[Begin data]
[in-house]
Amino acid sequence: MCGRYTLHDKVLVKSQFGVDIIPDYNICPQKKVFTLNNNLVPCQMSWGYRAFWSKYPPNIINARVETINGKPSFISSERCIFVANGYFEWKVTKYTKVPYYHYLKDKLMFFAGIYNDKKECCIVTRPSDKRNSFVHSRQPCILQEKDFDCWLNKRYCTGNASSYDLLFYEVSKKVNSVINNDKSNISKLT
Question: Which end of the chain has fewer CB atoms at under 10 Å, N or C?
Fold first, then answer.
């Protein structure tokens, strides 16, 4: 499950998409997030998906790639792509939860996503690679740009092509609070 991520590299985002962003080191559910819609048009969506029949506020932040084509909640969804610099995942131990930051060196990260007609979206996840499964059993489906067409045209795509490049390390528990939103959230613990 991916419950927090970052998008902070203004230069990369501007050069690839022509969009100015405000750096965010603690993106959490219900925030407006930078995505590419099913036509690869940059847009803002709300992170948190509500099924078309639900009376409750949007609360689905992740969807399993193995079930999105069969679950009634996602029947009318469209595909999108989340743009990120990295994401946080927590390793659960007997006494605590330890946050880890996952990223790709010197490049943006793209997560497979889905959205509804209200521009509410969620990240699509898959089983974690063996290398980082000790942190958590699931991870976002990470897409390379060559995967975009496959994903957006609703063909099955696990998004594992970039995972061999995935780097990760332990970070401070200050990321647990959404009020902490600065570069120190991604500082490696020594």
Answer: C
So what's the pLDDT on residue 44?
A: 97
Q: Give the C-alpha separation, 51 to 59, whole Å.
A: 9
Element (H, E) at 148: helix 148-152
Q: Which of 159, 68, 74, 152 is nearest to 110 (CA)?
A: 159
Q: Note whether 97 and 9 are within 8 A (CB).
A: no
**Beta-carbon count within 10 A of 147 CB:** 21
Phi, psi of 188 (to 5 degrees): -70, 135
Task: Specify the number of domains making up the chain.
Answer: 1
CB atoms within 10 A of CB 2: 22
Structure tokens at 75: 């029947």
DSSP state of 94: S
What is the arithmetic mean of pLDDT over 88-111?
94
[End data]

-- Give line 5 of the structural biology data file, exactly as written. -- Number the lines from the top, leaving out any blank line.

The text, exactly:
């Protein structure tokens, strides 16, 4: 499950998409997030998906790639792509939860996503690679740009092509609070 991520590299985002962003080191559910819609048009969506029949506020932040084509909640969804610099995942131990930051060196990260007609979206996840499964059993489906067409045209795509490049390390528990939103959230613990 991916419950927090970052998008902070203004230069990369501007050069690839022509969009100015405000750096965010603690993106959490219900925030407006930078995505590419099913036509690869940059847009803002709300992170948190509500099924078309639900009376409750949007609360689905992740969807399993193995079930999105069969679950009634996602029947009318469209595909999108989340743009990120990295994401946080927590390793659960007997006494605590330890946050880890996952990223790709010197490049943006793209997560497979889905959205509804209200521009509410969620990240699509898959089983974690063996290398980082000790942190958590699931991870976002990470897409390379060559995967975009496959994903957006609703063909099955696990998004594992970039995972061999995935780097990760332990970070401070200050990321647990959404009020902490600065570069120190991604500082490696020594």